When Norman Rush went to Botswana in 1978 he arrived in a country largely uncolonized by the writing imagination. As the Bechuanaland Protectorate, the country existed in the yellowed journals of missionaries, their pages crisped by the dry heat. Post-independence, it had one novelist, Bessie Head, a refugee from South Africa. She was a woman of mixed race and volcanic temperament, living uneasily in a large tribal village, and subject to periodic bouts of madness; in those days, hardly anyone read her. So when Rush arrived as codirector of a Peace Corps project, Botswana was a country waiting to be written into being: endless tracts of scorched blue air, a vast uninscribed wilderness of scrubland, the dazzling salt pans whiter than paper.
When independence came in 1966, it was granted to the scorpion and the snake, to thorn bushes and cattle posts, to the dry well and the quarantine fence; there were fewer than a million people. Among Europeans, the country was usually described as being the size of France and Belgium put together, which probably didn’t impress Americans much. Vastness and desert heat didn’t faze them, nor did the tropical night sky and the moon, massive and low, solid like a lump of wax; I recall an evening when I pointed to it, gibbering with awe, to be told by a puzzled Peace Corps volunteer, “We have that moon in Colorado.”
Landlocked, hedged in by territories at war or in some uneasy stage of half-revolt, Botswana functioned as a parliamentary democracy, though the president happened also to be the paramount chief. Seretse Khama had been exiled for six years by the British, but he forgave them. He had a white English wife, and this example from the top suggested to people that racial hostility, if it existed, should be kept under wraps. The country had diamonds but was short of water. Tourism was not yet developed. There were only short stretches of hardtop road; electricity was an urban luxury, and telephones worked sometimes. Crime was containable—housebreaking was frequent but usually petty, and even the shanty settlements growing up on the fringes of the small towns did not boast the nightly casualty figures of their equivalents over the South African border. Corruption was low-level, not because the Batswana were more pure in heart than other peoples, but because they lacked practice.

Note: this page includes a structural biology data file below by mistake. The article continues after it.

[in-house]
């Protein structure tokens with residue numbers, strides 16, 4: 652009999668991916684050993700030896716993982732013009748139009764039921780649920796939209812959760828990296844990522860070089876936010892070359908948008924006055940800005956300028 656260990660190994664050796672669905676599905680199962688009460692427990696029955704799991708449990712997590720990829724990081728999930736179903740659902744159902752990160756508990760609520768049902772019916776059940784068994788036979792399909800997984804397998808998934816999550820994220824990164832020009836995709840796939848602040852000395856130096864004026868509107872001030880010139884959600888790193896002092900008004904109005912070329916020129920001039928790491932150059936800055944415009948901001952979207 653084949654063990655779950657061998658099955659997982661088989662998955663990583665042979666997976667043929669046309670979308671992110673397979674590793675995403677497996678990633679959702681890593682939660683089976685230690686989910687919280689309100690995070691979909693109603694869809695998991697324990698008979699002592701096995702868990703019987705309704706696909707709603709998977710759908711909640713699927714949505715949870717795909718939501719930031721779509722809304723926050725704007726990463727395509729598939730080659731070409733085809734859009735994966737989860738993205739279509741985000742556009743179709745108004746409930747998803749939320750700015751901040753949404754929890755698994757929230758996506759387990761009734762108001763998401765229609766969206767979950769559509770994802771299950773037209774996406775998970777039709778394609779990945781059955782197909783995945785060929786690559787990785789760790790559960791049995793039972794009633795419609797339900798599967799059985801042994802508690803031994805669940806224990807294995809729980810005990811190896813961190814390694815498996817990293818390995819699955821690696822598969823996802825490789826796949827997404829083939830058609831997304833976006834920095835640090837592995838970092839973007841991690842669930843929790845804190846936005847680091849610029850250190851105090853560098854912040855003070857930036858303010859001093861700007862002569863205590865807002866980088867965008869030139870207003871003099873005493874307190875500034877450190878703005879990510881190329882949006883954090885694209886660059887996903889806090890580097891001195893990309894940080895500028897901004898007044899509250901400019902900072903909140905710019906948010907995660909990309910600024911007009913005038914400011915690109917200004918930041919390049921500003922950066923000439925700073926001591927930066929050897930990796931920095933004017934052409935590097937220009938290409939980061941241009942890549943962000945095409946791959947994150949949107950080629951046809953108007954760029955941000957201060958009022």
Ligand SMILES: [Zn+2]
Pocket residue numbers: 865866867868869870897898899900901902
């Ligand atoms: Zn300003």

The people were hard to know, the language difficult. Little girls curtseyed when spoken to; their voices never rose above a whisper. Prostitution was a big career choice. Syphilis was a problem, tuberculosis was a problem, drought was a problem, and children still died of measles. No one had heard of AIDS. To paraphrase Tacitus, it was a wilderness; you could call it peace.
Botswana was also a one-joke country. Of what does a bushman family consist? Mother, father, and six anthropologists. So when Rush published his first Botswana stories, Whites, in 1986, it was natural that an anthropologist should be one of the characters and …
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